Rebecca Wright was on a Zoom call when she found out she’d be part of the inaugural class of young women to become Eagle Scouts.

While she sat at her computer in Wisconsin, her parents and older brother were in a virtual waiting room in Nebraska. They were all pulled in to celebrate the accomplishment, one that’s been given to only a small percentage of Boy Scouts since 1912, when the first Eagle Scout was named.

As the highest honor available within the Boy Scouts of America, it’s one that was traditionally reserved exclusively for young men and boys. Then, in 2017, BSA announced that young women would be permitted to participate in a wider array of the organization’s programs, including being able to achieve Eagle Scout status. (At the time, Girl Scouts of the USA, which has its own high-ranking honor system, said the move was “reckless” and undercut the work being done by their organization.)

BSA’s decision to open up the high-ranking program led young women such as Wright, 18, to be part of nearly 1,000 others who made history. To achieve the honor, Scouts must fulfill a number of requirements.

“I’m just really proud of myself to have earned Eagle” status, she said. “I earned 102 merit badges, which is super cool. It represents what’s possible for every single Scout, not just girls in the organization.”

BSA celebrated its latest group of Eagle Scouts in a virtual event on Sunday, during which notable women such as CBS Evening News anchor Norah O’Donnell and marine scientist and photographer Gaelin Rosenwaks congratulated the young women.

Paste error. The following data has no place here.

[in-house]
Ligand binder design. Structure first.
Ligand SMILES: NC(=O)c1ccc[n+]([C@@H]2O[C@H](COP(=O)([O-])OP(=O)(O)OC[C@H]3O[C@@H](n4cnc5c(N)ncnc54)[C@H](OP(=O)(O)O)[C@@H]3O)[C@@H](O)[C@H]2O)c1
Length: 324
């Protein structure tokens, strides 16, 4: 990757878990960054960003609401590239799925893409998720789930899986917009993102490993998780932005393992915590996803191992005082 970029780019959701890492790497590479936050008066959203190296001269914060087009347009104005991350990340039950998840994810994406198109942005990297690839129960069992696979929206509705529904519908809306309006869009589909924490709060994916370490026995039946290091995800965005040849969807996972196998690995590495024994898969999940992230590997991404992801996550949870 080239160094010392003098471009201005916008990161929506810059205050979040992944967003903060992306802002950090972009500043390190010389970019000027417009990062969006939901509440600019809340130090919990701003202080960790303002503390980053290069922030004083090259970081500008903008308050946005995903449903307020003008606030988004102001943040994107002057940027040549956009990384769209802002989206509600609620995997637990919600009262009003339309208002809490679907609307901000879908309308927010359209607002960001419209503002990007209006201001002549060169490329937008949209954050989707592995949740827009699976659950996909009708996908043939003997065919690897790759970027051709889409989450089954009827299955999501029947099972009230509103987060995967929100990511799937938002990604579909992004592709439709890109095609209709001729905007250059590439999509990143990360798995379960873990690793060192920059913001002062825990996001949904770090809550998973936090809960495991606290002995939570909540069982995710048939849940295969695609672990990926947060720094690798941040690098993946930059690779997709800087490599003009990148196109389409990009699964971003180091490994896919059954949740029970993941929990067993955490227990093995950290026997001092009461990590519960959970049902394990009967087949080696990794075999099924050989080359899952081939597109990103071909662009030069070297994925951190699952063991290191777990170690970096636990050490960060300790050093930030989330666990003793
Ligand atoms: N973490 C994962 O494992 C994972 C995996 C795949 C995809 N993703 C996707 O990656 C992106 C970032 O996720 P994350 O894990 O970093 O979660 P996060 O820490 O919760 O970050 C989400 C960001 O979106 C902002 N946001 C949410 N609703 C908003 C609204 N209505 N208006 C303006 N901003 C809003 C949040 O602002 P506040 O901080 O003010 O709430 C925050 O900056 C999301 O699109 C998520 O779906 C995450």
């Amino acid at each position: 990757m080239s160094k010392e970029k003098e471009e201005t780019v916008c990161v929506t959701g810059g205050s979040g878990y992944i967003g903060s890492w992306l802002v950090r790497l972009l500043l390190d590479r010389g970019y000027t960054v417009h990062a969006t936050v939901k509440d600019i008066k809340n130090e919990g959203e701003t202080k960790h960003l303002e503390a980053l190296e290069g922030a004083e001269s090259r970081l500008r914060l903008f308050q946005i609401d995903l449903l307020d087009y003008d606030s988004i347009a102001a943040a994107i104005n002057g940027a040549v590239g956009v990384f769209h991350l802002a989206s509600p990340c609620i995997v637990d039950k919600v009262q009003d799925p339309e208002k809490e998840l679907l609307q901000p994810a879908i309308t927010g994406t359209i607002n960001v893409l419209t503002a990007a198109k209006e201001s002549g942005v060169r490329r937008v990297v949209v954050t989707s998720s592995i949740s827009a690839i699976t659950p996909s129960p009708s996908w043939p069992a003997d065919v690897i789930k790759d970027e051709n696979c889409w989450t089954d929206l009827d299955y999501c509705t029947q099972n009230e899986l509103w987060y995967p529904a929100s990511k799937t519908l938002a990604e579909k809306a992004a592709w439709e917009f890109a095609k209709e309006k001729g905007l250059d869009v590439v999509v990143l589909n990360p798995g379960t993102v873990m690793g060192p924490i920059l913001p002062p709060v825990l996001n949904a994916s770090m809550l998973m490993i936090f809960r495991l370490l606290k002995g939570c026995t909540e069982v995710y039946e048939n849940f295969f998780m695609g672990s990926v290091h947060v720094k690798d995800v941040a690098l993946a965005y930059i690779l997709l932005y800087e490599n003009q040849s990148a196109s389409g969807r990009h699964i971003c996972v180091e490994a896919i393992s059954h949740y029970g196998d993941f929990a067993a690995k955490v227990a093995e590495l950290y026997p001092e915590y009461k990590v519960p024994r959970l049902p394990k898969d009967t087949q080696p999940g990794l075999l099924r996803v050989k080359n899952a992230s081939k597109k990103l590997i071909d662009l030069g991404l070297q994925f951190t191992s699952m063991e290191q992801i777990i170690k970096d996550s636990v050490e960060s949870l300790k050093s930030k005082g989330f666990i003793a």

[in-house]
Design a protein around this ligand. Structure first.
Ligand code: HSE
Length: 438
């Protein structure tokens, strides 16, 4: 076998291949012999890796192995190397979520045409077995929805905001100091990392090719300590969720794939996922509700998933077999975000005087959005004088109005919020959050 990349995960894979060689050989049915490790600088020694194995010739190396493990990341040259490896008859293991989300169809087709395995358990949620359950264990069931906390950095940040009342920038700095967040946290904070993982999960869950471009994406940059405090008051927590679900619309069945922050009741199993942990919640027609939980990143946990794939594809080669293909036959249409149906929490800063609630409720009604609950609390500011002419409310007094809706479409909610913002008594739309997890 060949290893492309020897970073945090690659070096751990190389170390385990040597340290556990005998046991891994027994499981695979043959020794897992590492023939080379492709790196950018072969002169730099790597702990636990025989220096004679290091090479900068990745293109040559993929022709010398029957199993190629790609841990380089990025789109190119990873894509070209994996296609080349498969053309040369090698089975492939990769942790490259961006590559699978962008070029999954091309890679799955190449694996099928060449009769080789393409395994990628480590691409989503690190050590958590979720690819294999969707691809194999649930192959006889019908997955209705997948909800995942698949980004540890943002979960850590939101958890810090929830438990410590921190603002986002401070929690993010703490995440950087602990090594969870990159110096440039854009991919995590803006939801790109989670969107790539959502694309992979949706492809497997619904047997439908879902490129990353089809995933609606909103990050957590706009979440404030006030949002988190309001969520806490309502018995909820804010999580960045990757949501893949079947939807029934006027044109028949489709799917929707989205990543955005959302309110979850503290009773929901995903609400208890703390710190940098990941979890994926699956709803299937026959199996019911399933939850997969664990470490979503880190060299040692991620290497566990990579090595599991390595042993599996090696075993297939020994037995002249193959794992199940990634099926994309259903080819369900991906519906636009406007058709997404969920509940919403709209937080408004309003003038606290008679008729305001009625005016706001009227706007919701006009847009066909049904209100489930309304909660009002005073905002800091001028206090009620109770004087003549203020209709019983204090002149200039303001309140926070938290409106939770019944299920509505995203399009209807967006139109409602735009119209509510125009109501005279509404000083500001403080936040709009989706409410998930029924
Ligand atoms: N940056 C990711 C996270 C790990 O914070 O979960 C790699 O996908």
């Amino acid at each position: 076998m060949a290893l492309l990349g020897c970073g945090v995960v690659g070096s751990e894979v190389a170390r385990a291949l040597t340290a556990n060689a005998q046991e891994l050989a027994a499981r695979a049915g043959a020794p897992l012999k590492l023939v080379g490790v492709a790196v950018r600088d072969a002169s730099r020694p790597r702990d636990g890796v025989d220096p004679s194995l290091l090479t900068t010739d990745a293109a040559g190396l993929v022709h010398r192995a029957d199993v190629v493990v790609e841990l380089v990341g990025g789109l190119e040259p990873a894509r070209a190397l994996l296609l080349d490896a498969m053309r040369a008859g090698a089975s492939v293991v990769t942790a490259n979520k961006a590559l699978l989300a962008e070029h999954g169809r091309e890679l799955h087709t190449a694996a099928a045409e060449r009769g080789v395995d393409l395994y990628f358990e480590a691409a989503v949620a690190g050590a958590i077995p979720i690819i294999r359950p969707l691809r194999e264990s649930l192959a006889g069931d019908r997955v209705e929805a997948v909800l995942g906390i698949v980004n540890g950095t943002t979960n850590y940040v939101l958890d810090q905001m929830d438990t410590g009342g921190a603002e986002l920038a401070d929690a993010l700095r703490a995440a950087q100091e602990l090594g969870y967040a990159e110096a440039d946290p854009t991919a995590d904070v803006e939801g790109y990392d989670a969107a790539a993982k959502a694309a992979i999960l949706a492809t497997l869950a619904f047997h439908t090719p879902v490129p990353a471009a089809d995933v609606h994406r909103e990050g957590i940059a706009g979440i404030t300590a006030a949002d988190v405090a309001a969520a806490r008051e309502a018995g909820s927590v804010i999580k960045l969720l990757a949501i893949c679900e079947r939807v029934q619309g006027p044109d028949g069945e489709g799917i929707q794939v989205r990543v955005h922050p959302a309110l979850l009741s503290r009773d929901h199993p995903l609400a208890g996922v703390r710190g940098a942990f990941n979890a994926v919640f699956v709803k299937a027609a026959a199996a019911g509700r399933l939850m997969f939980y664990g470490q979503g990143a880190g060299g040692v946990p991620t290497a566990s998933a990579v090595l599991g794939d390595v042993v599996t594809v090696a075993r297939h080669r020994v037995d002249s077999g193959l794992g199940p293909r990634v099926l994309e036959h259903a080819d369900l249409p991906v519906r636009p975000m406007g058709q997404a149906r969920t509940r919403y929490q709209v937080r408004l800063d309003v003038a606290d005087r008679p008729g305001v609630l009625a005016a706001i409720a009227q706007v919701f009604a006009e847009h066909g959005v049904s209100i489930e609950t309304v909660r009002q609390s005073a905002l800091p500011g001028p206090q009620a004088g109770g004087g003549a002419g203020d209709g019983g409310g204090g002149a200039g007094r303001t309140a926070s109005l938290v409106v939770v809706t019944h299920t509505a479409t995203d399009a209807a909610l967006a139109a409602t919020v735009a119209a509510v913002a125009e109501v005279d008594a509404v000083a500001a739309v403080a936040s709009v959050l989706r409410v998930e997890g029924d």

The organization has long had some select coed options outside its flagship Cub Scouts and Boy Scouts programs, including Sea Scouts and Venturing, both of which are billed as “character-building.” According to BSA, 140,000 girls and young women have joined Cub Scouts (for ages 5-10) and Scouts BSA (for ages 11-17) since those programs became available to them, which occurred in 2018 and 2019 respectively.

But the decision to expand what girls are eligible for came after years of family requests, a spokesperson for Boy Scouts of America said in a statement.

After facing declining membership, the organization has made moves in the past decade toward becoming more inclusive. In 2013, BSA began allowing openly gay youth to participate in its programs and later decided to permit transgender boys to enroll. Openly gay adults were approved to be Scout leaders in 2015.

The changes in policies have rolled out against a tide of lawsuits and sex abuse claims that forced the more than century-old organization to file for bankruptcy early last year. After more than 95,000 people filed sex abuse claims, they said it may no longer have the cash to continue operating.

The controversy that has plagued the organization doesn’t deter Megan Wright, Rebecca’s mom, who is a Scoutmaster for her daughter’s troop.

“The values that are set out in Scout Oath and Law are just basic core principles and how to be a good person,” she said. “Being able to reinforce those principles and watch the older girls mentor the younger girls is just wonderful.”

Rebecca, who is an aspiring genetic researcher in her first year at the University of Wisconsin at Madison, says Boy Scouts provided adventure and community for her.

The ability to wield a knife or build a fire was an attractive aspect of the organization for 18-year-old Texas Christian University freshman Arianna Rochelle Miller, who is studying political science.

Miller said that once the announcement was made, she worked to cram in all the requirements to reach Eagle status before she could age out.

Young women like her should have been allowed to reach one of the ultimate honors in the organization a long time ago, she says, but she hopes that being among the first women to become an Eagle Scout will send a message.

“If I can say anything to young girls, I’d say, ‘Go for it,’” she said. “You can make so many new friends and learn so many new skills.”

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